A good joke about musicals: In the 1989 movie "The Tall Guy," a struggling actor gets the lead role in a proposed musical adaptation of "The Elephant Man." The show's title? "Elephant!"

Exclamation points have become shorthand for musicals at their slap-happy, vapid worst, but certain shows genuinely earn that celebratory punctuation mark. "Oklahoma!" is one example. "Oliver!" is another -- only not as it's being performed at the Olney Theatre Center.

Dark and sluggish, Lionel Bart's beloved adaptation of Charles Dickens's "Oliver Twist" has lost its excitability. It's "Oliver," period, and so gloomy it feels shrouded by parentheses.

Director Brad Watkins's production begins promisingly enough. A platoon of workhouse tykes in grubby coveralls trudge up from the orchestra pit in the Olney's wide, handsome new theater. The kids sit at the long table on James Kronzer's imposing set -- a warren of wooden steps and platforms invoking the interlocked strata of Victorian London -- and they gradually rev up into the dreamy, zippy "Food, Glorious Food." Bart's songs make the point again and again: Hungry and ill-used, the characters are indomitable.

The performance, though, is mechanical. Musical director Christopher Youstra's handling of Bart's dramatic, jubilant score is more clockwork than supple -- you can almost hear a metronome clicking along with the small orchestra's cautious notes.

Ilona Kessell's choreography is similarly ginger. When young Oliver (the appealing J. Bradley Bowers, alternating with Ethan Langsdorf-Willoughby in the role) hooks up with the teenage Artful Dodger and old Fagin's charismatic den of thieves, Bart rapidly seals the encounter with a great sing-along, "Consider Yourself." Kessell gets a lot of people involved in the number but never taps into the song's infectious high spirits. Here and throughout, the dancing is active but not lively.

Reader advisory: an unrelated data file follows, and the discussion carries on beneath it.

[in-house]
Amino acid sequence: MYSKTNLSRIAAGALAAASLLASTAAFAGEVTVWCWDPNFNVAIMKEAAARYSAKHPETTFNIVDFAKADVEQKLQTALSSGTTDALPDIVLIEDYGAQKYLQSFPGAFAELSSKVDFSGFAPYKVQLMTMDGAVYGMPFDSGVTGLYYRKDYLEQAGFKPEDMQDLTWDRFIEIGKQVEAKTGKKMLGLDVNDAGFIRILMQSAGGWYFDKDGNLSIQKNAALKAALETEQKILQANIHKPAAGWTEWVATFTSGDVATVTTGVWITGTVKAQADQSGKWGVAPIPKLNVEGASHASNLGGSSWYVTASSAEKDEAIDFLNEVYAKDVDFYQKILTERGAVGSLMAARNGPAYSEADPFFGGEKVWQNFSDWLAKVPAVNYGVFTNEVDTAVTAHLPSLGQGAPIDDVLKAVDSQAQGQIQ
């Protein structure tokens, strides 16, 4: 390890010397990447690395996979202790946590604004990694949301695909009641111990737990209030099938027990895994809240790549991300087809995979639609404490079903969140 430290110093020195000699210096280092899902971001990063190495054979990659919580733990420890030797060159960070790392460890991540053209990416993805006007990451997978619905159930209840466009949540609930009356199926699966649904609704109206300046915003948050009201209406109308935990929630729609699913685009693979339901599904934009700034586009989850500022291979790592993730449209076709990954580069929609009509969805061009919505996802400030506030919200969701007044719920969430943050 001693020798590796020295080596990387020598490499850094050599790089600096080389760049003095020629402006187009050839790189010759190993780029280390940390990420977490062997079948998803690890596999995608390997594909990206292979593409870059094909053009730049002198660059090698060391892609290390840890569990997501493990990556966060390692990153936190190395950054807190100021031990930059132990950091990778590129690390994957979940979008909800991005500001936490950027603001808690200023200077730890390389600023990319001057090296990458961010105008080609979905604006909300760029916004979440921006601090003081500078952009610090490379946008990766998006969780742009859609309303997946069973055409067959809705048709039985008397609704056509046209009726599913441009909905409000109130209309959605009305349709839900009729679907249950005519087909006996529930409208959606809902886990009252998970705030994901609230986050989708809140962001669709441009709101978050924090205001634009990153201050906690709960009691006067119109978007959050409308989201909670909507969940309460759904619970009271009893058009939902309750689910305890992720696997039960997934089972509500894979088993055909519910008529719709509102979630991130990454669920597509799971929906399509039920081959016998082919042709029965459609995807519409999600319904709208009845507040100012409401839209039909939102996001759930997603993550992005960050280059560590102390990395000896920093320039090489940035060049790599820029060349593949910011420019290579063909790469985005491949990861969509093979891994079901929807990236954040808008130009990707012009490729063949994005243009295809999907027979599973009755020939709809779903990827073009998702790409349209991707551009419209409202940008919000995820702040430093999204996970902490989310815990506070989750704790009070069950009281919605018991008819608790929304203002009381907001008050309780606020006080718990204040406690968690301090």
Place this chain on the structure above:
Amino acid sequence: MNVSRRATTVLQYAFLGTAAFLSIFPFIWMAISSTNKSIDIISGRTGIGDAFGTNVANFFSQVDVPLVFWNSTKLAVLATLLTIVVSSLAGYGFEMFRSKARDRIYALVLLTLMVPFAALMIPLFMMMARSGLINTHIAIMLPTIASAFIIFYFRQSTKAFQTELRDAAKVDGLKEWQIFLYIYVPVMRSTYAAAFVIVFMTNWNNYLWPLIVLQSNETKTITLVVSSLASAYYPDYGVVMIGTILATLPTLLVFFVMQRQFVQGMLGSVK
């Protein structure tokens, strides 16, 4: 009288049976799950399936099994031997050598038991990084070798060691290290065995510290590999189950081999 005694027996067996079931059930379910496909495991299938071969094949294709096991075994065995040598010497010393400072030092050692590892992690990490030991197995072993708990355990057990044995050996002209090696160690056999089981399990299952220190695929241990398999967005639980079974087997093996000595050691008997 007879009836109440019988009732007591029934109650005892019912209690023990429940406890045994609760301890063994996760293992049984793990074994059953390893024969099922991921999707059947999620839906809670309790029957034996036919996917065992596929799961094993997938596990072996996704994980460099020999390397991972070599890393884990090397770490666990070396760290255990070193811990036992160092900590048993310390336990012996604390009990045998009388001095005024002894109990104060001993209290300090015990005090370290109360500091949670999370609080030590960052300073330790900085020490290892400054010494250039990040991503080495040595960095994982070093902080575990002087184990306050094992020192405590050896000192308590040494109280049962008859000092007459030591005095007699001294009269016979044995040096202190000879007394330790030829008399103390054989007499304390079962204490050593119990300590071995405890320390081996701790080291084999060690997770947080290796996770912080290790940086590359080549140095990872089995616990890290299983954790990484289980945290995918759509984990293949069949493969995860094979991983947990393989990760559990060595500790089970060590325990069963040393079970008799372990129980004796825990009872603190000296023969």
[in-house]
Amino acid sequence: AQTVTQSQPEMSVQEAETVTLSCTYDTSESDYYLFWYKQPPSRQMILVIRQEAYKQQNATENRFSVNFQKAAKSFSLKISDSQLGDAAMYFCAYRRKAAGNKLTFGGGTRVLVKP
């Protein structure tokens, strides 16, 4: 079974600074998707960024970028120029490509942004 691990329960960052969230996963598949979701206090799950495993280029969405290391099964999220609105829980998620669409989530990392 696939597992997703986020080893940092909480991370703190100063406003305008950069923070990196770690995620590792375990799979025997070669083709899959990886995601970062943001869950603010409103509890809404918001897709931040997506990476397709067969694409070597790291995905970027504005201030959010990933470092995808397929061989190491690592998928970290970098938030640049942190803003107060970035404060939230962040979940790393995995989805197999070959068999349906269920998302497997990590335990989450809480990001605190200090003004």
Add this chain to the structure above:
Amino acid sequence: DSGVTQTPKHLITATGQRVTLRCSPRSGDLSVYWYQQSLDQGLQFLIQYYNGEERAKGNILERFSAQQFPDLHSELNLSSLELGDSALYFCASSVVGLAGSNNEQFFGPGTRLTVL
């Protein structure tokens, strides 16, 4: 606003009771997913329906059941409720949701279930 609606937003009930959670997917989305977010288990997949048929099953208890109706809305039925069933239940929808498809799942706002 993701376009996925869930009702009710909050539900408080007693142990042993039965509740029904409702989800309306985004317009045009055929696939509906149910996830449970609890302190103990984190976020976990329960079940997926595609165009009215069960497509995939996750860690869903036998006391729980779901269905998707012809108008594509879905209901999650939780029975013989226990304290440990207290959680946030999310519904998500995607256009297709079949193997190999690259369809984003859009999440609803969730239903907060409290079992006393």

The show's primary spark comes from Peggy Yates, a saucy, high-spirited charmer as the doomed Nancy. "It's a Fine Life," "I'd Do Anything" and "Oom-Pah-Pah" are all good-time songs, and Yates puts them over with flair. She's a beam of sunshine in Watkins's coal mine of a production.

Watkins apparently sees "Oliver!" as a tale fraught with danger, so he has designer Charlie Morrison keep the lights dim, as if filtered through a cloud of soot. By the second act, the theater is suffused in stage fog. The effect isn't sinister, though; it's just dreary. And when the opportunity arrives to put a real scare into the audience -- when, that is, the fearsome Bill Sikes arrives to bellow "My Name" -- boyish Brian Sgambati turns out to be the wrong man for the part, more all-city quarterback than scourge of London.

Shakespeare Theatre Company veteran Andrew Long makes a wily, witty Fagin, keeping his young criminals off-balance like a playful uncle with a secret or three to keep. Yet he never quite wraps the audience around his finger in the crowd-seducing "Pick a Pocket or Two" and "Reviewing the Situation" -- more flat numbers when you're counting on fun. It's pretty elaborate, this "Oliver!," with the vast, multilevel set and a cast of about 30, but it turns out to have precious little showbiz in its soul. It's slow-footed, heavy . . . alas, an elephant.

Oliver! Book, music and lyrics by Lionel Bart. Directed by Brad Watkins. Costumes, Howard Vincent Kurtz; sound design, Neil McFadden. Through Dec. 31 at the Olney Theatre Center, 2001 Olney-Sandy Spring Rd., Olney. Call 301-924-3400 or visit www.olneytheatre.org

Meghan Touey as Bet, J. Bradley Bowers as Oliver and Peggy Yates as Nancy in "Oliver!"